A Quick Through

Two articles can offer some quick insight of the 1973 9/11. One is titled, “1973 Chile coup: The first 9/11 attack allegedly backed by the USA” by Republic World, and the other is titled, “The Coup in Chile” by Jacobin.

September 11, 2001 Attack: A Clash of Civilizations, Imperialism & Mission Failure

The 2001 9/11 attack has its roots in the Cold War era during the Soviet War in Afghanistan from 1979 to 1989. The Mujahedeen rebels who fought against the Soviet Union were supported by the American and Saudi Arabian governments in terms of supply of weapons and cash among other effects. Through this, Osama Bin Laden found his way into Afghanistan from Saudi Arabia. The end of the Soviet War saw withdrawal of both Soviet and American troops from Afghanistan and meant that the Mujahedeen fighters no longer had guaranteed sources of income.

As a consequence, most of them resorted to creation of territorial units (informal governments) and levied taxes on the Afghanistani people. A few notable leaders of the Mujahedeens aimed to restore sharia law and order in Afghanistan on the account that some of the territorial units were meting violence and harsh rules on civilians. But the shrewd leaders of the Taliban were soon overpowered by radicals mainly from Pakistan who infiltrated the movement and purposed to spread their ideology around the world.

An intriguing account of the Taliban and Afghanistani society is documented by James Fergusson in his book, Taliban: The Unknown Enemy. It’s a definitive account of a clash of civilizations. Tim Weiner also wrote an article titled, History to Trump: CIA was aiding Afghan rebels before the Soviets invaded in ’79”, published by the Washington Post which presents a fair view of this clash of civilizations.

Historical Significance of the 2001 9/11

First, it was the genesis of the War on Terror era which USA fashions as a mechanism to stamp out terrorism. As stated, bombing of the World Trade Center and the War on Terror have roots in the Cold War as illustrated by an excerpt from Tim Weiner’s article.

“I traveled through Afghanistan again in 1994. Jihadis from all over the world were gathering there. The first World Trade Center bombing was on their minds. The talk was that they’d knocked off one superpower — the Soviets — and they could knock off the next. America was nowhere to be seen. Not a penny of its aid was to be had.”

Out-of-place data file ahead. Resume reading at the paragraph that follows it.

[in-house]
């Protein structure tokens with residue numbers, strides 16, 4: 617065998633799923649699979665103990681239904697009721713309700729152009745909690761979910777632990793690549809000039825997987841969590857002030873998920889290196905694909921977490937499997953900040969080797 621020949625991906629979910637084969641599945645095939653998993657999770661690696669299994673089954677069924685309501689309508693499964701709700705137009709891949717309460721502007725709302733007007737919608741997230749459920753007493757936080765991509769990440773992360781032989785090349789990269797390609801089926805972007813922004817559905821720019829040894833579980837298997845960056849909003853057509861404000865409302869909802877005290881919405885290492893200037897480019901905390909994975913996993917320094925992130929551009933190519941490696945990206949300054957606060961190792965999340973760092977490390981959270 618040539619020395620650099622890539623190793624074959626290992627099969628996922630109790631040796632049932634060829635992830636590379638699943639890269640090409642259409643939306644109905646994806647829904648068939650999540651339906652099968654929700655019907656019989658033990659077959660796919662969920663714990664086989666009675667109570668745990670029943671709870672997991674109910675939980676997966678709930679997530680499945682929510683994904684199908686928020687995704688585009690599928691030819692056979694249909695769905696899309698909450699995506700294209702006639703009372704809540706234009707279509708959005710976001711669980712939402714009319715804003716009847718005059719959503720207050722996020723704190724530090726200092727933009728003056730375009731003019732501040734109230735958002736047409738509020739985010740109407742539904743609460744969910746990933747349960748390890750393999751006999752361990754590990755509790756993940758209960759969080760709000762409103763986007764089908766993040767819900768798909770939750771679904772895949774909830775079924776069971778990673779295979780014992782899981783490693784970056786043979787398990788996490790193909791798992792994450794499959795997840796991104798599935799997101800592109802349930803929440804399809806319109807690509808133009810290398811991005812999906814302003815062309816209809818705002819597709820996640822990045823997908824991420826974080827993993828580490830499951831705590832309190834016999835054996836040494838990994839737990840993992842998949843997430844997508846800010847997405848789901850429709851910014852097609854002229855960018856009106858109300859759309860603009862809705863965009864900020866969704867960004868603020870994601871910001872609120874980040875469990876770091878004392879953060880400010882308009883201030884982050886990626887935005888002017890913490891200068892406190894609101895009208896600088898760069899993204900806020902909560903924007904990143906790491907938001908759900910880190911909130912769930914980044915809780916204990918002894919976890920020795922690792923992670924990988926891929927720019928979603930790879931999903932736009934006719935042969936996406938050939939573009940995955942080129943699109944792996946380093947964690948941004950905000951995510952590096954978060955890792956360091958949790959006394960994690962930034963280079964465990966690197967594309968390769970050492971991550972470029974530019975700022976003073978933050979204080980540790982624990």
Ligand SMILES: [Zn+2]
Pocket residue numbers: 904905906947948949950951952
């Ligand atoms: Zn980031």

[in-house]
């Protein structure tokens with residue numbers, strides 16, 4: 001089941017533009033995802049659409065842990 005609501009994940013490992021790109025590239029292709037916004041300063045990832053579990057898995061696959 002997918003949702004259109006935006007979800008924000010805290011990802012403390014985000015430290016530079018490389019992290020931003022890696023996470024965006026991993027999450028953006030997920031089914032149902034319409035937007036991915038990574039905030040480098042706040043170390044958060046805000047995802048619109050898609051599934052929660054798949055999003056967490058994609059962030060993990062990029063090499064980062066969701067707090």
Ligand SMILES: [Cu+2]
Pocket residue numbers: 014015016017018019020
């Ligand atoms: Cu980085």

Second, it laid the basis for America’s enhanced interventions across the Middle East, first in Iraq before wrecking the civilizations of the Libyan and Syrian people through the much-famed ‘Arab Spring.’ Basically, America’s foreign policy in the post-Cold War era has largely been driven by nonsensical interventions which Michael Mandelbaum notes in his book, Mission Failure, as failed missions.

Third, the War on Terror has sucked African countries into the failed missions with notable social, economic and political costs. Kenya’s invasion of Somalia to fight the Al-Shabab has been a costly proxy war. Mali, Mauritania, Nigeria, Cameroon, and Uganda among other countries have faced several terrorist attacks. This has necessitated increase in public spending on security while also prompting America to strengthen its military activities through increased financing and establishment of military bases across the world including in Africa.

Fourth, the supposed War on Terror has aided Russia’s resurgence with the Russian state now actively participating in the Syrian and Libyan conflicts.

Fifth, the War on Terror has also significantly pushed the Chinese to largely invest in their military and as a positive externality, somewhat offered an incentive for China to set up military bases in strategic regions of the world.

Conclusion

Both 9/11 instances exemplify anarchy, imperialism and war and offer crucial lessons why foreign interventions will always fail. This failure is based on the clash of civilizations in view of conflicting cultures and societal orientations.

The writer is a political economist. Twitter: @SitatiWasilwa LinkedIn: Sitati Wasilwa Facebook: Sitati Wasilwa Podcast: Sitati Wasilwa